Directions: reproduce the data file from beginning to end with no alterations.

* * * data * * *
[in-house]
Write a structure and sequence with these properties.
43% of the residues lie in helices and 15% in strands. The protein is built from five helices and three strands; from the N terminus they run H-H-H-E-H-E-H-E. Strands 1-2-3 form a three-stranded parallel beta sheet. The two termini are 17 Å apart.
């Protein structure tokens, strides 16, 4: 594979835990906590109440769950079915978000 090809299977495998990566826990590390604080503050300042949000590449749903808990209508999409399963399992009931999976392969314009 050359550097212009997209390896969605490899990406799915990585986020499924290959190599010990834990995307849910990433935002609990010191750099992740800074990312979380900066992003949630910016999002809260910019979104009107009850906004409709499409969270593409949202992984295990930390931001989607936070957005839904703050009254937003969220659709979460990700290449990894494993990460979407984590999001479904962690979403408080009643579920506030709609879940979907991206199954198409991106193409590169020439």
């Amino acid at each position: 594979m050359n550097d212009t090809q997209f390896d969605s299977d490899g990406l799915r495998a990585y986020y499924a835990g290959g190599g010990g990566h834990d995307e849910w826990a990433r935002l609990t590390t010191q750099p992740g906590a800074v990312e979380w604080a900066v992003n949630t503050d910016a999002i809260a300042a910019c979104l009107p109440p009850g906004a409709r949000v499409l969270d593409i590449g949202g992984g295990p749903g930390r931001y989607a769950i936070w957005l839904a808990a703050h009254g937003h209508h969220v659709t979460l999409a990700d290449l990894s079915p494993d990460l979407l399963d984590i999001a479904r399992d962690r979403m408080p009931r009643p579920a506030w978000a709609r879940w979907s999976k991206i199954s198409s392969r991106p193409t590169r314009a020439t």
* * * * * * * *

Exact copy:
[in-house]
Write a structure and sequence with these properties.
43% of the residues lie in helices and 15% in strands. The protein is built from five helices and three strands; from the N terminus they run H-H-H-E-H-E-H-E. Strands 1-2-3 form a three-stranded parallel beta sheet. The two termini are 17 Å apart.
């Protein structure tokens, strides 16, 4: 594979835990906590109440769950079915978000 090809299977495998990566826990590390604080503050300042949000590449749903808990209508999409399963399992009931999976392969314009 050359550097212009997209390896969605490899990406799915990585986020499924290959190599010990834990995307849910990433935002609990010191750099992740800074990312979380900066992003949630910016999002809260910019979104009107009850906004409709499409969270593409949202992984295990930390931001989607936070957005839904703050009254937003969220659709979460990700290449990894494993990460979407984590999001479904962690979403408080009643579920506030709609879940979907991206199954198409991106193409590169020439």
């Amino acid at each position: 594979m050359n550097d212009t090809q997209f390896d969605s299977d490899g990406l799915r495998a990585y986020y499924a835990g290959g190599g010990g990566h834990d995307e849910w826990a990433r935002l609990t590390t010191q750099p992740g906590a800074v990312e979380w604080a900066v992003n949630t503050d910016a999002i809260a300042a910019c979104l009107p109440p009850g906004a409709r949000v499409l969270d593409i590449g949202g992984g295990p749903g930390r931001y989607a769950i936070w957005l839904a808990a703050h009254g937003h209508h969220v659709t979460l999409a990700d290449l990894s079915p494993d990460l979407l399963d984590i999001a479904r399992d962690r979403m408080p009931r009643p579920a506030w978000a709609r879940w979907s999976k991206i199954s198409s392969r991106p193409t590169r314009a020439t």